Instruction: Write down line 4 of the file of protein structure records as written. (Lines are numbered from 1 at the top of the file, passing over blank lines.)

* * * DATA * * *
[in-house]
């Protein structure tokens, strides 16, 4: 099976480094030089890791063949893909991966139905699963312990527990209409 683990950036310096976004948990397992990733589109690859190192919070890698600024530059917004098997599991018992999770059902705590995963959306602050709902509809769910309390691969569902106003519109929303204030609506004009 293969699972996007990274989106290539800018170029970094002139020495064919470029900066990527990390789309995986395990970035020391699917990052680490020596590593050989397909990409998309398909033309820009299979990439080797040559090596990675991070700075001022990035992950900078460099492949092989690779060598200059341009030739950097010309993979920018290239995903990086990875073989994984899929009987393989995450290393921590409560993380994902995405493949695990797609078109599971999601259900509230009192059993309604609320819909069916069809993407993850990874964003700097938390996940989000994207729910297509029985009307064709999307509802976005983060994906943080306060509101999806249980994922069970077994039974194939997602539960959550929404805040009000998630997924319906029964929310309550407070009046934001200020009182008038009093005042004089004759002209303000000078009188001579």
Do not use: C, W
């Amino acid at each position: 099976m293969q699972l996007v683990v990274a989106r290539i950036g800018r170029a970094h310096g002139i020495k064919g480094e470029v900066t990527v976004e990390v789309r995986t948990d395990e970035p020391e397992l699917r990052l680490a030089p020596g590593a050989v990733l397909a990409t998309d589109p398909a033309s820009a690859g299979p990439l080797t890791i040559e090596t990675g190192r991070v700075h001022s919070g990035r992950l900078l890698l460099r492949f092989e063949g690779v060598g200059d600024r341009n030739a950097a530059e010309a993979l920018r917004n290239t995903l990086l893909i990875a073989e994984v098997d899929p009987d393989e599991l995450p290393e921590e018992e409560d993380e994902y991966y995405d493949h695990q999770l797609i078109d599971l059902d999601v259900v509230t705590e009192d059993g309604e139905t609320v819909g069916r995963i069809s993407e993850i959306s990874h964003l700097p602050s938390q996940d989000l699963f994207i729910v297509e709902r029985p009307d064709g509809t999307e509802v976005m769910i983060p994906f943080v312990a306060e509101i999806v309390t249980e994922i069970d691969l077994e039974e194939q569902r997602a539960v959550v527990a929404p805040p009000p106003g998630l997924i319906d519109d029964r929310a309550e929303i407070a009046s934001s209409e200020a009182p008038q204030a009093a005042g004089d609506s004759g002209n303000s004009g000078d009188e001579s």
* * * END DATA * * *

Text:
């Amino acid at each position: 099976m293969q699972l996007v683990v990274a989106r290539i950036g800018r170029a970094h310096g002139i020495k064919g480094e470029v900066t990527v976004e990390v789309r995986t948990d395990e970035p020391e397992l699917r990052l680490a030089p020596g590593a050989v990733l397909a990409t998309d589109p398909a033309s820009a690859g299979p990439l080797t890791i040559e090596t990675g190192r991070v700075h001022s919070g990035r992950l900078l890698l460099r492949f092989e063949g690779v060598g200059d600024r341009n030739a950097a530059e010309a993979l920018r917004n290239t995903l990086l893909i990875a073989e994984v098997d899929p009987d393989e599991l995450p290393e921590e018992e409560d993380e994902y991966y995405d493949h695990q999770l797609i078109d599971l059902d999601v259900v509230t705590e009192d059993g309604e139905t609320v819909g069916r995963i069809s993407e993850i959306s990874h964003l700097p602050s938390q996940d989000l699963f994207i729910v297509e709902r029985p009307d064709g509809t999307e509802v976005m769910i983060p994906f943080v312990a306060e509101i999806v309390t249980e994922i069970d691969l077994e039974e194939q569902r997602a539960v959550v527990a929404p805040p009000p106003g998630l997924i319906d519109d029964r929310a309550e929303i407070a009046s934001s209409e200020a009182p008038q204030a009093a005042g004089d609506s004759g002209n303000s004009g000078d009188e001579s």